Imagine a world under ice. In the Earth’s last ice age, about 2.6 million years ago, glaciers covered everything. As time passed, they moved slowly, in a process called glaciation, carving deep valleys with steep walls of rock on either side: fjords.
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Fjords exist today in places in the northern hemisphere, like Norway, Canada and Greenland, where most of the glaciers were formed.
Some of the world’s largest coral reefs are found at the bottom of fjords in Norway, according to a National Geographic report. These reefs are the deep, cold-water cousins of tropical reefs, and survive in complete darkness.
Despite the water pressure in fjords ranging in the hundreds to even thousands of kilograms per square metre, several organisms have adapted to life among the frosty reefs. The bubblegum coral, for instance, is bright pink and provides a habitat for creatures like the northern shrimp.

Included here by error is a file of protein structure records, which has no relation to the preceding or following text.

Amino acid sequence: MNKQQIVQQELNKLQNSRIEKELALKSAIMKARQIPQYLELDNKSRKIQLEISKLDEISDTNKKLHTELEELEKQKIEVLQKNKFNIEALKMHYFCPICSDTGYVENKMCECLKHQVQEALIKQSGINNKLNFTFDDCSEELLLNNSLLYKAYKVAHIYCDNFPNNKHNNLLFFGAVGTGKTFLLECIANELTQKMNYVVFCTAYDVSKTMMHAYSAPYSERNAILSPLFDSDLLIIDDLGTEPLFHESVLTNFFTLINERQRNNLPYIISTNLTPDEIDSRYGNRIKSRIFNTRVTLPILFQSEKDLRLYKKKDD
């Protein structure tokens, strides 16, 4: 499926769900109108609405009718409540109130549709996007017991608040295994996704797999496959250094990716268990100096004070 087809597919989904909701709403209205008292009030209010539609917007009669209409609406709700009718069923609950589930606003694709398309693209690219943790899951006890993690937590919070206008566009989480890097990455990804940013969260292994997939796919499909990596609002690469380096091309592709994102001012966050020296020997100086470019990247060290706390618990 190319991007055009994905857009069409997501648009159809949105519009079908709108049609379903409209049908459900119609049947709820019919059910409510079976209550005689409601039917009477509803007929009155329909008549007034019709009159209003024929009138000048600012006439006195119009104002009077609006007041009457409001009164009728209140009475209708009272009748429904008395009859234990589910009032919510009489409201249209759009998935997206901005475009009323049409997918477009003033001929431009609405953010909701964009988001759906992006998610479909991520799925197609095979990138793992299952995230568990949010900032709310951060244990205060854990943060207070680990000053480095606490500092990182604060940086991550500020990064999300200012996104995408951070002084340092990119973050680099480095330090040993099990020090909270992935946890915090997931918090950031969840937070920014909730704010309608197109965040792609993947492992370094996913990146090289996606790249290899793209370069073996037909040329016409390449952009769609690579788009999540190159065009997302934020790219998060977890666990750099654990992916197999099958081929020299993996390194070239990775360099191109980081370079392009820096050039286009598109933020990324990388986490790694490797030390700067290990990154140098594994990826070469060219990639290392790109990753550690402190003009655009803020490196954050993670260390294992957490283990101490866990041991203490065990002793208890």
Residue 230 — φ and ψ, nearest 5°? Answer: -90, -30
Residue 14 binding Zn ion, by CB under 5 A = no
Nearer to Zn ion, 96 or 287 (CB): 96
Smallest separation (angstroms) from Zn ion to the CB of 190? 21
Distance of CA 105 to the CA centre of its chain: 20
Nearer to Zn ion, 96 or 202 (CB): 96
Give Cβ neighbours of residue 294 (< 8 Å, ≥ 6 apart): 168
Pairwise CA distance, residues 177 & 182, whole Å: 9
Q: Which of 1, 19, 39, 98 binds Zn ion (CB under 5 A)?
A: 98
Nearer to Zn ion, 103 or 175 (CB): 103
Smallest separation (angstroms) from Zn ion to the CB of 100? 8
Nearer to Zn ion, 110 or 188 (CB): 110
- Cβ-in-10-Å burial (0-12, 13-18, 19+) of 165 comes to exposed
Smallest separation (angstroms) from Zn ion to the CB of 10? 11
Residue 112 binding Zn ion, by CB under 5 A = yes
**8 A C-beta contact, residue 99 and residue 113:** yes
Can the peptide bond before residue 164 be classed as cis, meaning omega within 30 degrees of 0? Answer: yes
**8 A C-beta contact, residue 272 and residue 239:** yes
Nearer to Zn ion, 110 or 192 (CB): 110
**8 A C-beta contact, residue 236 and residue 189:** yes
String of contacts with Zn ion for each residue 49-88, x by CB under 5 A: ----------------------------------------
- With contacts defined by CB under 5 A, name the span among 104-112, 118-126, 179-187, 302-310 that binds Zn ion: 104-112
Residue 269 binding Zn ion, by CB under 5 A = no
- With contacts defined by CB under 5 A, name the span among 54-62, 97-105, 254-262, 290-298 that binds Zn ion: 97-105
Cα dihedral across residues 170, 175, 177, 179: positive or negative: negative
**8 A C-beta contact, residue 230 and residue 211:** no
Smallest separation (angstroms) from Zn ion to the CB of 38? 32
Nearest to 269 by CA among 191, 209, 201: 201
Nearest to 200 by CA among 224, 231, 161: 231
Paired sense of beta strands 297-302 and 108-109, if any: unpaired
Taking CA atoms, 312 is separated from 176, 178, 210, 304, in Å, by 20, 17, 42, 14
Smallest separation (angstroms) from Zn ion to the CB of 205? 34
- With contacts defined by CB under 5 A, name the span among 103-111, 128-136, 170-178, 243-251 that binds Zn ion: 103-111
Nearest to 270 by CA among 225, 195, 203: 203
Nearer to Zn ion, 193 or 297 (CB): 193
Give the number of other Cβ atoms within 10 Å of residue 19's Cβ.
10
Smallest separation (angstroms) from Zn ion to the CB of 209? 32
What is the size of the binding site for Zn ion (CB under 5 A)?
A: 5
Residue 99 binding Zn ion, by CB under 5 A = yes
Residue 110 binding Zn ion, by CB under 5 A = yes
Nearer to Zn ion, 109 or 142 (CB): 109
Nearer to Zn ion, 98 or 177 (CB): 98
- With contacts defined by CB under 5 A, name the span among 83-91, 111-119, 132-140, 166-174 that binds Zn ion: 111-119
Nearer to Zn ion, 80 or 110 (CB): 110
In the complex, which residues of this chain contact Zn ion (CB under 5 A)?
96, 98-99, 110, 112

But even as fjords appear serene and beautiful, many are under threat by natural and manmade forces.
Norway’s Geiranger Fjord is a United Nations Educational, Scientific and Cultural Organisation (Unesco) World Heritage Site. In 2014, scientists published a report in the UK-based journal Coastal Engineering, predicting that Akerneset, the area’s largest mountain, will eventually erode and create rockslides. With a volume of over 50 million square metres of rock falling into the fjord, the rockslide could cause a tsunami that would destroy nearby towns. Norway is taking measures for this eventuality by creating early warning systems and hazard maps, as well as land-use planning.
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